Steve Jobs introduces WiFi to the masses with a hula hoop! (by thinkingbricks)
” Simple can be harder than complex. You have to work hard to get your thinking clean to make it simple.
But it’s worth it in the end. “
- Steve Jobs
[Apple] holds itself above the fray. It seems to believe that such discussions of meanings and consequences do not matter, because it is in the design business, and so its primary relationship is with the user, not with the society. This may be what some parochial designers thought about themselves until the 1970s—but today the advent of design that is critical, value-sensitive, and participatory has exposed the great moral void of the rigid functionalist paradigm. But Apple, alas, remains stuck in the most conservative, outdated, and bizarre interpretation of the Bauhaus, which was, ironically, a movement that flaunted its commitment to social reform and utopian socialism.
Evgeny Morozov for the New Republic:
Steve is every bit as mercurial as the media have portrayed him, in the press as well as in the books. He has a very different point of view of what he wants and what he sees, and you basically have to draw it out of his head. He has a thousand ideas, not all of them good, and when he is fixated on one idea, you have to convince him why it’s right or wrong — and if you can’t do that, you’re not right.
Legendary early Apple designer Clement Mok on what it was like to work with Steve Jobs.
Complement with Jobs on the secret of life in 46 seconds.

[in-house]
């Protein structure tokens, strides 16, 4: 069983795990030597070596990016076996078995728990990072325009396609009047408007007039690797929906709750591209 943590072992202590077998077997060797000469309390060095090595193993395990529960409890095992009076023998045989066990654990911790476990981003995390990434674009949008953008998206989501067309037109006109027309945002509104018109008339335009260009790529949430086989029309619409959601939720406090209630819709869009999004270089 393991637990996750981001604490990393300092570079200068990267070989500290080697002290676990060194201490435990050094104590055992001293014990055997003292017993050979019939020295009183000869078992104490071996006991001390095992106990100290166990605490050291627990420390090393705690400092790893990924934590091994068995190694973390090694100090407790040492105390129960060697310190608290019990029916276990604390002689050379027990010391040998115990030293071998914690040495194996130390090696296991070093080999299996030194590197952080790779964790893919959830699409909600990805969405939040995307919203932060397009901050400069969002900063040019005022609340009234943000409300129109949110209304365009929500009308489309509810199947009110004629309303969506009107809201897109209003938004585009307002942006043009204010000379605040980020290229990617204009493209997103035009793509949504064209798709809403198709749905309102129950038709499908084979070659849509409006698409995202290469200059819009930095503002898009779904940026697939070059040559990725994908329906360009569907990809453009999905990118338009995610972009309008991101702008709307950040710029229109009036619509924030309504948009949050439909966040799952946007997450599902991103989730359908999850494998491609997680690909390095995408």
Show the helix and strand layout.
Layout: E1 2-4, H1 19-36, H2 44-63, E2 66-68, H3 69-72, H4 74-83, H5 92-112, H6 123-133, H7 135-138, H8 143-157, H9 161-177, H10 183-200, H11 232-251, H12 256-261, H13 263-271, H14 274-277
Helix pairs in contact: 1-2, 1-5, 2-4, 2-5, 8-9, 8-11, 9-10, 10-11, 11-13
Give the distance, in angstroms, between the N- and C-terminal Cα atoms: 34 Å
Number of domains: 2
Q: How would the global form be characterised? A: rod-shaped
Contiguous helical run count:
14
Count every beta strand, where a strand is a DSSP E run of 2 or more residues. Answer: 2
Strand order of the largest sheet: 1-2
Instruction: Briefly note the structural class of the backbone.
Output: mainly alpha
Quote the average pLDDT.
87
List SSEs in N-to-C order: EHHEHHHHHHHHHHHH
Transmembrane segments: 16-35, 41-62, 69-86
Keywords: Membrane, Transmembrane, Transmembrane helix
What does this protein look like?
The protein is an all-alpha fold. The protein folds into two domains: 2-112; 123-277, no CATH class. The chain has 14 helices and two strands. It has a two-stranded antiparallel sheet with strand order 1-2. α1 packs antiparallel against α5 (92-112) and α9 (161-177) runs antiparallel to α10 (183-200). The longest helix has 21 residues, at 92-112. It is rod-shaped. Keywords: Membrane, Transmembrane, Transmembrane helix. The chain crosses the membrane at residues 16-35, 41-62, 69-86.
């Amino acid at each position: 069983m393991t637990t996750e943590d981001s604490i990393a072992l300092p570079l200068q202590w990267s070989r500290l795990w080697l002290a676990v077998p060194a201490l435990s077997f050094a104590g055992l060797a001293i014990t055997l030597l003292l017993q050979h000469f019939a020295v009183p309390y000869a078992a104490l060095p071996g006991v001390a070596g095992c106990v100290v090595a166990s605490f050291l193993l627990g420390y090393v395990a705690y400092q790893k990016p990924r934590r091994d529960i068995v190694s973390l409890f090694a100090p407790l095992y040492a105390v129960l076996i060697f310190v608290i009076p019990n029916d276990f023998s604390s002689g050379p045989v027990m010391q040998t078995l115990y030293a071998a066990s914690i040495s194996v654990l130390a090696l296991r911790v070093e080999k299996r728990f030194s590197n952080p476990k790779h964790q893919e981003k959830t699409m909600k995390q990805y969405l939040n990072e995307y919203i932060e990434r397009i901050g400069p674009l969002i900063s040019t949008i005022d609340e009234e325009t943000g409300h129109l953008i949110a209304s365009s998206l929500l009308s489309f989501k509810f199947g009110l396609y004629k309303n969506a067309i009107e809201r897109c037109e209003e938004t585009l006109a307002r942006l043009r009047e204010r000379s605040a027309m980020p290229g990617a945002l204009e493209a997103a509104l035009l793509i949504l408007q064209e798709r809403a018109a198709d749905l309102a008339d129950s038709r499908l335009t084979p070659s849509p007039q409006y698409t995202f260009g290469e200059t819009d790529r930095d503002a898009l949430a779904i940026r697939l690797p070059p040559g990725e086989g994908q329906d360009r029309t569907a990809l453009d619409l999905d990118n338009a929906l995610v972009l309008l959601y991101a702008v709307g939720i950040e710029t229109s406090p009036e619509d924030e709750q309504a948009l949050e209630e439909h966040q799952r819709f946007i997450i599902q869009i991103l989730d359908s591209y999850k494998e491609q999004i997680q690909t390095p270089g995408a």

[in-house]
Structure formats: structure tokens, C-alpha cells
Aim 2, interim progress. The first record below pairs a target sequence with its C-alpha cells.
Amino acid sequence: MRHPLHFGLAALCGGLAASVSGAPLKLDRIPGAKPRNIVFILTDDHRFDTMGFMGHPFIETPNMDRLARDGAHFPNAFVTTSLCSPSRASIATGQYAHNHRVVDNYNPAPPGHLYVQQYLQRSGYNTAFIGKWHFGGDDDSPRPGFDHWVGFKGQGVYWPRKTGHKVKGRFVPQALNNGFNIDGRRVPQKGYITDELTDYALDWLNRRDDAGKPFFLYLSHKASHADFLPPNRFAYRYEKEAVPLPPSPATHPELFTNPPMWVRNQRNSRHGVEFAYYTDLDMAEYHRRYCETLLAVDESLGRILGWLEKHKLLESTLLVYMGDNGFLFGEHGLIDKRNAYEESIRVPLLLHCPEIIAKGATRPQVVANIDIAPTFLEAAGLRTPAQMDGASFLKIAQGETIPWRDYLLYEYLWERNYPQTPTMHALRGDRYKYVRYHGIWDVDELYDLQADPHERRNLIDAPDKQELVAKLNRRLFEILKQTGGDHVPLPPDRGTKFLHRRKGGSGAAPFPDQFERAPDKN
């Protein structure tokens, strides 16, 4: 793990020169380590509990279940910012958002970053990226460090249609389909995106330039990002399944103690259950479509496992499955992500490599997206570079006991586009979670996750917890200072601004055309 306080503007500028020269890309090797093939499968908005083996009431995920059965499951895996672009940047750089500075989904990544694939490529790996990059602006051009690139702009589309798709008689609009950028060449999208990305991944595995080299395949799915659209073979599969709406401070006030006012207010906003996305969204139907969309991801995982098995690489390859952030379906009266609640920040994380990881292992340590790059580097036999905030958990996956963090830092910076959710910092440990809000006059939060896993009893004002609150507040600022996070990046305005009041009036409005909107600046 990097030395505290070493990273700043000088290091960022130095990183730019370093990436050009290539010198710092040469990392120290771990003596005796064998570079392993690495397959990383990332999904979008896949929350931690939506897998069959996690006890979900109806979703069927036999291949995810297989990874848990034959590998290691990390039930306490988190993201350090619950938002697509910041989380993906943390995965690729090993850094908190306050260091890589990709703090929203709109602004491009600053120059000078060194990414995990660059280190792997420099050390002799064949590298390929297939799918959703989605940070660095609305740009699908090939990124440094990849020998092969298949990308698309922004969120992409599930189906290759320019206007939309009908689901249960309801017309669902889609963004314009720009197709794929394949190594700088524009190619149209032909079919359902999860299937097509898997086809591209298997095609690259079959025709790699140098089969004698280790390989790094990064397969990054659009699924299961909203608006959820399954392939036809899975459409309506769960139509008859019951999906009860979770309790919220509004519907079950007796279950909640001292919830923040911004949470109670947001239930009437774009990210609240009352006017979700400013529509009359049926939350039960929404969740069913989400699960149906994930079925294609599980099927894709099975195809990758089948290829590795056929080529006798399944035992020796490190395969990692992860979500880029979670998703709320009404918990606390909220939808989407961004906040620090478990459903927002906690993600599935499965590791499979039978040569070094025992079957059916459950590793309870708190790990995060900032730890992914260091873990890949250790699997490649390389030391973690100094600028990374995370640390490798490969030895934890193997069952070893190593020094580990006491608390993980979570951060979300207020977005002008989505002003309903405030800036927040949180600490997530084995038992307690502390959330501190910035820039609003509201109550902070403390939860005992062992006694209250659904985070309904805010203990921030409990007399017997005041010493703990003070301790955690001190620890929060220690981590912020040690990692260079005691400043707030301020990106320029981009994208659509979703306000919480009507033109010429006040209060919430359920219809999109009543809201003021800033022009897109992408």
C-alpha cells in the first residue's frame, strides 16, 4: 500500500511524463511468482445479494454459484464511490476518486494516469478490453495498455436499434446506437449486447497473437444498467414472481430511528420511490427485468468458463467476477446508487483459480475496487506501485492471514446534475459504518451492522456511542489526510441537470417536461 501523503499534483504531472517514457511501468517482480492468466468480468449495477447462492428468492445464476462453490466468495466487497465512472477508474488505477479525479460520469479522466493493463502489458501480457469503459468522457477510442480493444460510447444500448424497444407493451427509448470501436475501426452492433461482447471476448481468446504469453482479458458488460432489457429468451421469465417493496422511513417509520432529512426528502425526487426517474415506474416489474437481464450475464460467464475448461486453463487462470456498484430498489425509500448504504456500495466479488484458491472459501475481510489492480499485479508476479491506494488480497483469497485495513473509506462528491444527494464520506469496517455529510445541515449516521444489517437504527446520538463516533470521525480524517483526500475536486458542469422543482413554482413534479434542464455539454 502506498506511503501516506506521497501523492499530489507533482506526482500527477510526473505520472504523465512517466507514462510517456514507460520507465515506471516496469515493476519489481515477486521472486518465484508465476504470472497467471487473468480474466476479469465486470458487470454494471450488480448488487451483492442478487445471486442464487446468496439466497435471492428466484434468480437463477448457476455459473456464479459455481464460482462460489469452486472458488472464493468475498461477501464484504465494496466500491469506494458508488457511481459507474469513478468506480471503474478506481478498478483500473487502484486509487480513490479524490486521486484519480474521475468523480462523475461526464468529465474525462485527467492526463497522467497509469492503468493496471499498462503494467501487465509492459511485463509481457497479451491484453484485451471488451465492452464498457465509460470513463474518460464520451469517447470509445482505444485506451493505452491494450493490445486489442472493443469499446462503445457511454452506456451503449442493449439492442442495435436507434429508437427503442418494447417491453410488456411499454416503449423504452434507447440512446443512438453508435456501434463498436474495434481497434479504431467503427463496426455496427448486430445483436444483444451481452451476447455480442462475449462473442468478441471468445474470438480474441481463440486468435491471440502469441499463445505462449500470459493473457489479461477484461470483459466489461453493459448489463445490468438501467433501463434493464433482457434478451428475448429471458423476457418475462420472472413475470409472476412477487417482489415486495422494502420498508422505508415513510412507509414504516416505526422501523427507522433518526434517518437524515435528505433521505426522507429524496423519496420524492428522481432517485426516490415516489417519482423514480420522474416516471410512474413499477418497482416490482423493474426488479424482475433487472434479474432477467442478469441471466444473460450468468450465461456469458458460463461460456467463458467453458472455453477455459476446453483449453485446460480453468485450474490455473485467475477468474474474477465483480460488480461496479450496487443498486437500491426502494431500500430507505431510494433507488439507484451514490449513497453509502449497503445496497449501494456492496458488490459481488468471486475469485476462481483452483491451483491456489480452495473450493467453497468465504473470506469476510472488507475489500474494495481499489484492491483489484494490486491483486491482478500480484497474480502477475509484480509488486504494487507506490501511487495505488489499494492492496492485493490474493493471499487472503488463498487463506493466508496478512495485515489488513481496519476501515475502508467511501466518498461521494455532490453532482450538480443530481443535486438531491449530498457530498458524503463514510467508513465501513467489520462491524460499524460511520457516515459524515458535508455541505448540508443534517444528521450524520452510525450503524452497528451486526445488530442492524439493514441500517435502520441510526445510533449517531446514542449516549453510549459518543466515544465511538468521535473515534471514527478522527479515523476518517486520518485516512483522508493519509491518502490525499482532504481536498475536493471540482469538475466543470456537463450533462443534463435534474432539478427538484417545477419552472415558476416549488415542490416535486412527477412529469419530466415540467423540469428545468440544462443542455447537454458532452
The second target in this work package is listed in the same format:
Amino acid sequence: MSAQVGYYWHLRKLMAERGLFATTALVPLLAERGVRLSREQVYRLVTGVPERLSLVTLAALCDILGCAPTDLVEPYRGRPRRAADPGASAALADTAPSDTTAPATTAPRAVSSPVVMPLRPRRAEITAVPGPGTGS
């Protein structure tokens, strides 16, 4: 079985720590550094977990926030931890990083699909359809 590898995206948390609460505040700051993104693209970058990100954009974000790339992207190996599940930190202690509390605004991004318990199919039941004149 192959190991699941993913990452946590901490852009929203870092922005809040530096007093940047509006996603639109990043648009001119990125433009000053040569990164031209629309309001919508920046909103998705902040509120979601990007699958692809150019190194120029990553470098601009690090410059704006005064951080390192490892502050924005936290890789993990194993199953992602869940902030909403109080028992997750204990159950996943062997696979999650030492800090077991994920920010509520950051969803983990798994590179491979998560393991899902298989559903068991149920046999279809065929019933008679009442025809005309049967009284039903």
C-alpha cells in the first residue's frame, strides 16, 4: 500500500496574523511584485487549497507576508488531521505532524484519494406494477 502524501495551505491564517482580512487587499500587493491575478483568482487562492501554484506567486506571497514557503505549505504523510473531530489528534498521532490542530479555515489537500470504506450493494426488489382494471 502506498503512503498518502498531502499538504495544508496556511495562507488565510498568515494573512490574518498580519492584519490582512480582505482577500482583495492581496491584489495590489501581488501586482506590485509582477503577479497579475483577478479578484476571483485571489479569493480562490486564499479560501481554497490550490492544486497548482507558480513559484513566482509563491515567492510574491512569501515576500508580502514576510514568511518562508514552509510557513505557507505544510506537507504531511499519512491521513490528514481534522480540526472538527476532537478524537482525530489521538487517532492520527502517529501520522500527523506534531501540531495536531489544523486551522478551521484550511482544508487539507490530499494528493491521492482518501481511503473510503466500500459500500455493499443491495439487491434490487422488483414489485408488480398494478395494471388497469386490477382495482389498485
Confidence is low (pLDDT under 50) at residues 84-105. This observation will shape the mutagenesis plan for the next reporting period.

“Have the courage to follow your heart and intuition. They somehow already know what truly want to become
- Steve Jobs
The only way to do great work is to love what you do. If you haven’t found it yet, keep looking. Don’t settle. As with all matters of the heart, you’ll know when you find it.
“Be a yardstick of quality. Some people aren’t used to an environment where excellence is expected.”
- Steve Jobs
Ten years ago today, which was actually a Tuesday, Steve Jobs introduced Safari to the public at MacWorld in San Francisco.
More so than any person I ever met in my life, he had the ability to change his mind, much more so than anyone I’ve ever met. He could be so sold on a certain direction and in a nanosecond (Cook snaps his fingers) have a completely different view. (Laughs.)
I thought in the early days, “Wow, this is strange.” Then I realized how much of a gift it was. So many people, particularly, I think, CEOs and top executives, they get so planted in their old ideas, and they refuse or don’t have the courage to admit that they’re now wrong.
Maybe the most underappreciated thing about Steve was that he had the courage to change his mind.
And you know—it’s a talent.
It’s a talent.